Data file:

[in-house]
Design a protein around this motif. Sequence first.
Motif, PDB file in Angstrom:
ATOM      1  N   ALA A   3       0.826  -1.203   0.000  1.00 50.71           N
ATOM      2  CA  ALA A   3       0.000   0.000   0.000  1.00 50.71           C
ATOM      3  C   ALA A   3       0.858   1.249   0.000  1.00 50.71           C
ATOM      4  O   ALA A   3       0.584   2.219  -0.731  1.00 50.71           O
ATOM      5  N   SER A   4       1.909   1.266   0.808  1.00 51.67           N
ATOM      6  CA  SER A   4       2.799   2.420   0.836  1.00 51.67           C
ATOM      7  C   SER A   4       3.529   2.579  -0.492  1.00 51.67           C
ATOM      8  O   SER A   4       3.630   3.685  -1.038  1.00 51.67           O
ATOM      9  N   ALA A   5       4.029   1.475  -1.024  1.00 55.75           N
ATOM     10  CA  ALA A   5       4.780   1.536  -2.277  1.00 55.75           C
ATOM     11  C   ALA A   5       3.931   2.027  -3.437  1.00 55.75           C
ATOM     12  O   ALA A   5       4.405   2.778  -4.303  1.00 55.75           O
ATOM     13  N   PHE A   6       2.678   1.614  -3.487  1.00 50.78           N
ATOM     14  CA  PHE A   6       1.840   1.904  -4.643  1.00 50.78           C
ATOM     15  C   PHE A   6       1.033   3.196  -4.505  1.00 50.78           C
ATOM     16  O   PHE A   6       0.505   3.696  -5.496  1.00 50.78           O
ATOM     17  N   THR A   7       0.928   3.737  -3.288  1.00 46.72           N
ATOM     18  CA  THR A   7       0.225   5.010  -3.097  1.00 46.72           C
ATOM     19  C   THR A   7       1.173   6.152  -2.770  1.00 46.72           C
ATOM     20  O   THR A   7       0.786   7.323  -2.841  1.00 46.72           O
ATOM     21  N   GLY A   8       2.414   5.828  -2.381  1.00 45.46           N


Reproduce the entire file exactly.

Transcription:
[in-house]
Design a protein around this motif. Sequence first.
Motif, PDB file in Angstrom:
ATOM      1  N   ALA A   3       0.826  -1.203   0.000  1.00 50.71           N
ATOM      2  CA  ALA A   3       0.000   0.000   0.000  1.00 50.71           C
ATOM      3  C   ALA A   3       0.858   1.249   0.000  1.00 50.71           C
ATOM      4  O   ALA A   3       0.584   2.219  -0.731  1.00 50.71           O
ATOM      5  N   SER A   4       1.909   1.266   0.808  1.00 51.67           N
ATOM      6  CA  SER A   4       2.799   2.420   0.836  1.00 51.67           C
ATOM      7  C   SER A   4       3.529   2.579  -0.492  1.00 51.67           C
ATOM      8  O   SER A   4       3.630   3.685  -1.038  1.00 51.67           O
ATOM      9  N   ALA A   5       4.029   1.475  -1.024  1.00 55.75           N
ATOM     10  CA  ALA A   5       4.780   1.536  -2.277  1.00 55.75           C
ATOM     11  C   ALA A   5       3.931   2.027  -3.437  1.00 55.75           C
ATOM     12  O   ALA A   5       4.405   2.778  -4.303  1.00 55.75           O
ATOM     13  N   PHE A   6       2.678   1.614  -3.487  1.00 50.78           N
ATOM     14  CA  PHE A   6       1.840   1.904  -4.643  1.00 50.78           C
ATOM     15  C   PHE A   6       1.033   3.196  -4.505  1.00 50.78           C
ATOM     16  O   PHE A   6       0.505   3.696  -5.496  1.00 50.78           O
ATOM     17  N   THR A   7       0.928   3.737  -3.288  1.00 46.72           N
ATOM     18  CA  THR A   7       0.225   5.010  -3.097  1.00 46.72           C
ATOM     19  C   THR A   7       1.173   6.152  -2.770  1.00 46.72           C
ATOM     20  O   THR A   7       0.786   7.323  -2.841  1.00 46.72           O
ATOM     21  N   GLY A   8       2.414   5.828  -2.381  1.00 45.46           N